provided by Smithsonian Contributions to Zoology
Lasioglossum colatum (Vachal)
Halictus colatus Vachal, 1904:476 [male].—Cockerell, 1907:242 [incorrect synonymy with H. trizonatus].
Halictus ripariellus Cockerell, 1918b:261 [female]. [New synonymy.]
Lasioglossum ripariellum.—Michener, 1951:1107 [Nearctic catalog].—Hurd, 1979:1958 [Nearctic catalog].
TYPE MATERIAL.—The male holotype of Halictus colatus is in the Naturhistorisches Museum, Vienna. It is labeled
Morrison [Jefferson County] Colorado 1879. [indecipherable character]/colatus Vach[al] det. J. Vachal/Hal[ictus] colatus Vach[al] [handwritten].
The specimen is in fair condition; it is missing the last 10 flagellomeres of the right antenna and has had the head and pronotum glued to the thorax. When received for study in September 1983, the abdomen was loosely connected to the thorax and was secured with a small drop of polyvinyl acetate.
The female holotype of Halictus ripariellus is in the California Academy of Sciences, San Francisco. It is labeled
Holotype [on red label]/Florissant [Teller County], Colo.[rado] Expedition 1907. Coll.[ector] Ckll. [Cockerell] June 26/nesting in bank [handwritten by Cockerell]/Halictus ripariellus Ckll. TYPE. [handwritten by Cockerell].
The specimen is missing the last two tarsomeres of the left hind leg and the last tarsomere of the right hind leg but otherwise is in excellent condition.
DISTRIBUTION (Figure 338).—Both Nearctic catalogs reported Lasioglossum colatum only from Colorado. It is now known to occur widely in the West from southern British Columbia and Edmonton, Alberta, south to southern Utah and Colorado and through the Sierra Nevada to Alpine County, California. Eastern-most records are from Wyoming and central Colorado, with one female collected from Hanna (Meade Co.), South Dakota, in 1936 (Cornell University Collection).
DIAGNOSIS.—Females of Lasioglossum colatum can be recognized by their weakly developed but distinctive acarinarium on the anterior surface of the first metasomal tergum (Figure 351): elongate lateral fringe hairs are present but are sparse and form only an indistinct border around the central glabrous area; furthermore, a distinctive patch of short, adpressed hairs is present in the dorsal acarinarial opening. Other characters useful in recognizing L. colatum are the relatively sparse mesoscutal punctation that is obscurely doubly-punctate (Figure 344) and the moderately short head (Figure 339; length/width ratio 0.88–0.96, x = 0.92). Lasioglossum colatum females are most commonly confused with those of the forbesii and trizonatum groups; however, the acarinarium in the latter species is more strongly developed in having conspicuous lateral hair fringes (Figures 111, 114) and the mesoscutal punctation of both species is denser than that of L. colatum (Figures 439, 675). Lasioglossum forbesii, sensu lato, can further be differentiated from L. colatum in having the posterior rim of the dorsal propodeal surface slightly elevated (Figure 438; rounded in L. colatum, Figure 343). The elongate heads of L. trizonatum, sensu lato, (Figures 683, 709) will readily separate them from L. colatum.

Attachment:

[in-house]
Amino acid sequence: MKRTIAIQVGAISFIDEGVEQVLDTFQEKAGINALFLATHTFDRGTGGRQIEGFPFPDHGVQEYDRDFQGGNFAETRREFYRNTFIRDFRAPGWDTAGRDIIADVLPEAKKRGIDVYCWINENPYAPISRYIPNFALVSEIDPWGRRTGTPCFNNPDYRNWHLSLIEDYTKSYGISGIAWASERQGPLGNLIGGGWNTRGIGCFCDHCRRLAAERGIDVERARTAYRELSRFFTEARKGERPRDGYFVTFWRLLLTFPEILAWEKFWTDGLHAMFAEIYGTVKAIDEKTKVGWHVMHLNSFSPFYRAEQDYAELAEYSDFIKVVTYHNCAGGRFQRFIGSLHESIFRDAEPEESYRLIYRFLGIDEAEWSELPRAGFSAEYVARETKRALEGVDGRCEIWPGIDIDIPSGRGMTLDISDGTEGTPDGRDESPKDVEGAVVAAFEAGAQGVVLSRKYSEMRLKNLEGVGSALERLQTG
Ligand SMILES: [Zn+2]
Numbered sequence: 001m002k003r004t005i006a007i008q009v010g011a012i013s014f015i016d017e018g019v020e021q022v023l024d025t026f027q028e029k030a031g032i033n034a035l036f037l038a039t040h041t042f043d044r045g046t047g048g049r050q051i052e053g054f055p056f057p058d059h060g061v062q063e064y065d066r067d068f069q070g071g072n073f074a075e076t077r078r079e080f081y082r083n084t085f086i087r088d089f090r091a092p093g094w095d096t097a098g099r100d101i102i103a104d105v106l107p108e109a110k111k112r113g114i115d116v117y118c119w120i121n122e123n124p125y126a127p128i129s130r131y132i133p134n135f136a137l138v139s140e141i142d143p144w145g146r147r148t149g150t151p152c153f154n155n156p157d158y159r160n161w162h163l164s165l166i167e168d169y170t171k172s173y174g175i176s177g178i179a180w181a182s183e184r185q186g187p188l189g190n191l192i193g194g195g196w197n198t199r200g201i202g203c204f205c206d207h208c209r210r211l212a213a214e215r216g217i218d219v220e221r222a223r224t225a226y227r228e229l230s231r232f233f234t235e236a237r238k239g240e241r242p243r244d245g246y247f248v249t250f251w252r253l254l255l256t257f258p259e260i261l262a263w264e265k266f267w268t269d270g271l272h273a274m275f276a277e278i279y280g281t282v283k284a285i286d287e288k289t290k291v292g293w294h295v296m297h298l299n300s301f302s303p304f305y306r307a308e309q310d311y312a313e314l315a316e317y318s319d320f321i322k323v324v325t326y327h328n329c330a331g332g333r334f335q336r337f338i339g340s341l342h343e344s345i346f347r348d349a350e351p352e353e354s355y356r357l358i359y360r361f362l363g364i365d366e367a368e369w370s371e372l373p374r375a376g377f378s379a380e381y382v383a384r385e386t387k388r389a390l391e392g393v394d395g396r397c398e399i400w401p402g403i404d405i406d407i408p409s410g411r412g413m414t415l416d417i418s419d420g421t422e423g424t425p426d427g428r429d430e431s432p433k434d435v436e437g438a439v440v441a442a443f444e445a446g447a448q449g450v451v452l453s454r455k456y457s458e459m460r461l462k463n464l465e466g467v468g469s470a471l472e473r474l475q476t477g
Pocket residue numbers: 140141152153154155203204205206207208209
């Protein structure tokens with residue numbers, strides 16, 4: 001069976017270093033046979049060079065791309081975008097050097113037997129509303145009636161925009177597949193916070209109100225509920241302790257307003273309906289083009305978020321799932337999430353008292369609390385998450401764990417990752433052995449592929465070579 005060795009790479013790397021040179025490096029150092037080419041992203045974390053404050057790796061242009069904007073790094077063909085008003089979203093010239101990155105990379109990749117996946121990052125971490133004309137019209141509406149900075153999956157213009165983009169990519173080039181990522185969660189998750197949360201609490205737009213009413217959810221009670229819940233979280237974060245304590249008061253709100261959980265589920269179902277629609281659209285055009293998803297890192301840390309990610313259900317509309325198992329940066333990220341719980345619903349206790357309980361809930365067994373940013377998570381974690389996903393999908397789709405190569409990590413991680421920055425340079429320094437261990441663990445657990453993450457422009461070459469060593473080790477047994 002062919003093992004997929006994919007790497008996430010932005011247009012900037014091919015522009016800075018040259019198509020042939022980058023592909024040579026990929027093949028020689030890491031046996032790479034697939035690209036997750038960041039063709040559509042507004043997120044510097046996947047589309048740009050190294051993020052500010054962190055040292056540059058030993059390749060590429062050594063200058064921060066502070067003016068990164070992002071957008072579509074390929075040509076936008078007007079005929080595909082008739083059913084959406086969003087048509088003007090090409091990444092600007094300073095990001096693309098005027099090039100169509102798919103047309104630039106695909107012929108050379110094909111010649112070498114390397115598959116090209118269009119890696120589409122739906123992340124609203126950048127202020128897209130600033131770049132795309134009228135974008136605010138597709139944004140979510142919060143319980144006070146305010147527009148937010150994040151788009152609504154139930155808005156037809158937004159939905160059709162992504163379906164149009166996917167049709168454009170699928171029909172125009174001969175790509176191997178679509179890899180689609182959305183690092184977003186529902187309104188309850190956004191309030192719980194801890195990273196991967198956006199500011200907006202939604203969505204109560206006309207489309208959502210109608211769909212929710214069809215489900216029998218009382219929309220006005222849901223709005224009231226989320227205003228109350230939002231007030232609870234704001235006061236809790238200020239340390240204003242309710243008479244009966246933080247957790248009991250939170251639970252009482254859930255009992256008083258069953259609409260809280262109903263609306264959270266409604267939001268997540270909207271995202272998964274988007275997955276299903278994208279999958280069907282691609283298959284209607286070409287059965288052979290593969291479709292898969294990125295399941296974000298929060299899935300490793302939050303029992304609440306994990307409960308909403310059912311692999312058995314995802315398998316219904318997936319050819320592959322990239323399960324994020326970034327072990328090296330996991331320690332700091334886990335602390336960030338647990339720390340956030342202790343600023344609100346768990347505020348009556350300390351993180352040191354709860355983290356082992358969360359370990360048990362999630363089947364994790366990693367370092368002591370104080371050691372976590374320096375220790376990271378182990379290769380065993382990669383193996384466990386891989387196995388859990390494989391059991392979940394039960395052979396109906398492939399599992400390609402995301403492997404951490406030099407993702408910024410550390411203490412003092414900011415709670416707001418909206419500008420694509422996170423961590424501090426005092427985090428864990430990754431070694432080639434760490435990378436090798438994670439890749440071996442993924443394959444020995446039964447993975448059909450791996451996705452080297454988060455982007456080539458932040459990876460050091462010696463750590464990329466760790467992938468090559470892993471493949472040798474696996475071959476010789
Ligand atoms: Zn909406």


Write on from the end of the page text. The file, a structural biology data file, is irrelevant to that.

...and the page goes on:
The male of Lasioglossum colatum has a round, short head (Figure 340) and a broadly rounded clypeus (not flattened as in most other Lasioglossum males). Also diagnostic is the elongate, slender tergum I as seen from above (Figure 343). Males of L. athabascense also have a rounded head and a rounded clypeus but differ in having long, erect hair tufts on the lateral edges of sternum V (Figure 294).
DESCRIPTION.—FEMALE: (1) Length 7.4–9.8 mm (x = 8.3, n = 15); (2) wing length 2.3–2.7 mm (x = 2.4, n = 15); (3) abdominal width 2.4–2.8 mm (x = 2.7, n = 15).
Structure: (4) Head moderately short (Figure 339); length/width ratio 0.88–0.96, x = 0.92, n = 15. (7) Supraclypeal area evenly rounded, (8) moderately protuberant. (9) Clypeus projecting approximately 0.84 of its length below lower margin of eyes; (11) surface slightly protuberant towards ventral edge, without median longitudinal sulcation. (14) Distance between lateral ocelli subequal to distance between lateral ocellus and eye. (23) Flagellomere 1 longer than 2 along dorsal surface. Labrum as in Figure 341; (27) distal keel narrow in frontal view, nearly parallel-sided; (28) distal lateral projections well developed, triangular; (29) fimbrial setae acutely pointed.
(32) Pronotal lateral angle narrowly obtuse; (33) pronotal lateral ridge incomplete, interrupted by oblique lateral sulcus; (34) lower portion of lateral ridge inconspicuous, broadly rounded. (35) Mesoscutal lip weakly bilobed, (36) moderately elevated from pronotum. (40) Dorsal surface of propodeum about 0.88 the length of scutellum and about 1.7 times the length of metanotum, (41) slightly depressed centrally, (42) posterior margin rounded; (43) propodeal triangle weakly impressed, evident medially as an inconspicuous V-shaped elevation with low lateral rims; (44) lateral carinae extending to midpoint of posterior surface. (45) Tibial spur as in Figure 26.
(46) Lateral edge of metasomal tergum II weakly sinuate.
Sculpture: (47) Face shiny, (48) densely punctate below ocelli, punctures contiguous, becoming larger and less dense near antennae. (51) Supraclypeal area very weakly granulate, nearly polished; (52) punctures separated by their width laterally, becoming impunctate centrally. (53) Clypeus polished or at most obscurely granulate over basal third; (54) punctation sparse, punctures separated by 1–2times their width basally, nearly impunctate apicolaterally. (56) Mesoscutum moderately shiny; (57) punctation as in Figure 344, doubly-punctate, smaller punctures 1–3 times their width apart, larger punctures 3–5 times their width apart, less dense centrally. (58) Scutellum sparsely punctate adjacent to median line, punctures 2–3 times their width apart. (63) Dorsal surface of propodeum (Figure 343) striolate laterally, becoming ruguloso-striolate to finely rugulose medially, striae and rugulae reaching posterior margin; (64) surface obscurely alveolated. (65) Metasomal tergum I moderately shiny; (66) punctation fine, dense, punctures slightly less than their width apart.